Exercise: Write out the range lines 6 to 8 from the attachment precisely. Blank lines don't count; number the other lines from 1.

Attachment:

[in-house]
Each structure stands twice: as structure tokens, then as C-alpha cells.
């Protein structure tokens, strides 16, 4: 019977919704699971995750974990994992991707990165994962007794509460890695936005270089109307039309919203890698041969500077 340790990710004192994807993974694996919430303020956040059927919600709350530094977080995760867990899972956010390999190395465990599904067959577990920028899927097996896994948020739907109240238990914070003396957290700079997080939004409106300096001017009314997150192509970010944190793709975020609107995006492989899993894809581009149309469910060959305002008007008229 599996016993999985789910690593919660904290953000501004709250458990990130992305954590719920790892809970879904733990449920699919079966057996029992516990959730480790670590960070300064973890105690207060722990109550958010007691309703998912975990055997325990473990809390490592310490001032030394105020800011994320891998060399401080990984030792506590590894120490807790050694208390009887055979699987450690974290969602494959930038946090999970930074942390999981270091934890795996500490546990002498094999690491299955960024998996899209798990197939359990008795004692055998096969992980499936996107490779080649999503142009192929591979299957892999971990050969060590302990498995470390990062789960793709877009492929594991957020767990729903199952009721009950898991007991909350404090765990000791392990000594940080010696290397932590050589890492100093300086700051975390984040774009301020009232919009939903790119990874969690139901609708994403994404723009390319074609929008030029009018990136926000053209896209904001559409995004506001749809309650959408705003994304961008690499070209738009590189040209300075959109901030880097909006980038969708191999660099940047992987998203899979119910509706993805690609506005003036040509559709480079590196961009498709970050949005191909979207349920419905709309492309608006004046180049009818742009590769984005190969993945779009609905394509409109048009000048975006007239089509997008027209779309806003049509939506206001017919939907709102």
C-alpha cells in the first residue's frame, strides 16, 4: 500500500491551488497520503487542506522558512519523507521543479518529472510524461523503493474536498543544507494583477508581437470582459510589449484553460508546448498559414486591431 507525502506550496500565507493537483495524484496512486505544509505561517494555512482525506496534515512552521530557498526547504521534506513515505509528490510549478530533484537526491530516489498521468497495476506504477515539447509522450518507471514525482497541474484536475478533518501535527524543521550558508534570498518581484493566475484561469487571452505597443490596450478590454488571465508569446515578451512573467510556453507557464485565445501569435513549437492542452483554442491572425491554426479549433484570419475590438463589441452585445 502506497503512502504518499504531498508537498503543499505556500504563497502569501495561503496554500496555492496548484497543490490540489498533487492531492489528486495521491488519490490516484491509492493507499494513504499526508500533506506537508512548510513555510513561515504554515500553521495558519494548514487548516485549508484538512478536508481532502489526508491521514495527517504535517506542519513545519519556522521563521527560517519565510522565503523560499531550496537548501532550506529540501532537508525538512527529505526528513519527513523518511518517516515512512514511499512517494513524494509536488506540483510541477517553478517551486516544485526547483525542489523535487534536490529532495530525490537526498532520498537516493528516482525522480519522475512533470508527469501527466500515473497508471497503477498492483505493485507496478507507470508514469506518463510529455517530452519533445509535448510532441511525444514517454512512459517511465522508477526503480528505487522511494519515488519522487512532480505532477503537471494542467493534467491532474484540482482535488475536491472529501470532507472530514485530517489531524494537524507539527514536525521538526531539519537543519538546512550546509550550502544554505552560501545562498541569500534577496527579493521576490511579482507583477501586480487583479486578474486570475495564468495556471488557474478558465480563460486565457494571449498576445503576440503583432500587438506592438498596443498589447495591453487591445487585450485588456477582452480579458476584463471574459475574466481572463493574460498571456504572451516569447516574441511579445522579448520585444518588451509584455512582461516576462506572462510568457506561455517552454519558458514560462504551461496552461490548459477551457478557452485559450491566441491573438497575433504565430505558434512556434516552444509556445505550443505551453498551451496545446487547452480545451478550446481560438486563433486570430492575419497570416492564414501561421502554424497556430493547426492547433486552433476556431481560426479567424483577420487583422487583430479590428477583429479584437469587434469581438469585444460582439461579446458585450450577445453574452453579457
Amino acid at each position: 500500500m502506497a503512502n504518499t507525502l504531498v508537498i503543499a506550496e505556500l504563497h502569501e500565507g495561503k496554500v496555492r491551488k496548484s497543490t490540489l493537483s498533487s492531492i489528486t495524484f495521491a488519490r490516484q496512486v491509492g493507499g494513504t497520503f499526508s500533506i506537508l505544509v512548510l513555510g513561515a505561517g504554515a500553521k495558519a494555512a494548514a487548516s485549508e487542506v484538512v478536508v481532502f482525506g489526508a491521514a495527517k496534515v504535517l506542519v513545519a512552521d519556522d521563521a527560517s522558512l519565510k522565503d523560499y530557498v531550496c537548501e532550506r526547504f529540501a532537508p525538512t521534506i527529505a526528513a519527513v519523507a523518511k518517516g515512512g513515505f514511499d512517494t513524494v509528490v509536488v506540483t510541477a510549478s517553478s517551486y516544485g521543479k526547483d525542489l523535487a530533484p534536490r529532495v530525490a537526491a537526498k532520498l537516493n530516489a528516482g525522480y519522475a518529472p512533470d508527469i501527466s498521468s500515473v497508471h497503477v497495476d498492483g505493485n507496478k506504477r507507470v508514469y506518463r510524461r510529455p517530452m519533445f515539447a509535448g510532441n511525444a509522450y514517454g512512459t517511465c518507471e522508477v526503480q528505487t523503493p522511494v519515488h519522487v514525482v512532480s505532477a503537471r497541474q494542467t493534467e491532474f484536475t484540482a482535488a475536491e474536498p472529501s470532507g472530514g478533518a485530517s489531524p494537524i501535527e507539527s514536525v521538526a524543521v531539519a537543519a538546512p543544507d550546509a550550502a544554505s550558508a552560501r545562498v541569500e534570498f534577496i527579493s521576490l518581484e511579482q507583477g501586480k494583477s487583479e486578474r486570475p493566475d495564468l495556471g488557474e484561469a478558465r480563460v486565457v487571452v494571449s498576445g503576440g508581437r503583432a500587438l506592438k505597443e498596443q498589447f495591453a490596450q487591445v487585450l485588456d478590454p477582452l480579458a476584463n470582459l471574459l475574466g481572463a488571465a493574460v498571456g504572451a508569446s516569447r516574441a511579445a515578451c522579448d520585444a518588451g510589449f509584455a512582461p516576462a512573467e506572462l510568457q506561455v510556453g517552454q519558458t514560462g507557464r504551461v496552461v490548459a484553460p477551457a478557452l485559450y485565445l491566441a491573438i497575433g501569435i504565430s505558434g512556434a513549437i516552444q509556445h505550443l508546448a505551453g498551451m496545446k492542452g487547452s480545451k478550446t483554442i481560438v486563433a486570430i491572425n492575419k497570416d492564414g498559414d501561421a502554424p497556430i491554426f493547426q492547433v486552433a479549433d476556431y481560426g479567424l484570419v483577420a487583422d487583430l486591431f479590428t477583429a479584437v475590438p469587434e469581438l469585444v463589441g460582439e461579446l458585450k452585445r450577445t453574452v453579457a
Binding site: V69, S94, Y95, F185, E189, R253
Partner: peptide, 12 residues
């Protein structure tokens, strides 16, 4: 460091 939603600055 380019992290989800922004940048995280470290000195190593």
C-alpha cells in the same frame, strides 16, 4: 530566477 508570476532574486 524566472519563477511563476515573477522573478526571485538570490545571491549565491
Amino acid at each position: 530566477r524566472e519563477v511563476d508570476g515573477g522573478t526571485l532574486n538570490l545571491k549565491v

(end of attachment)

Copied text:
Binding site: V69, S94, Y95, F185, E189, R253
Partner: peptide, 12 residues
């Protein structure tokens, strides 16, 4: 460091 939603600055 380019992290989800922004940048995280470290000195190593």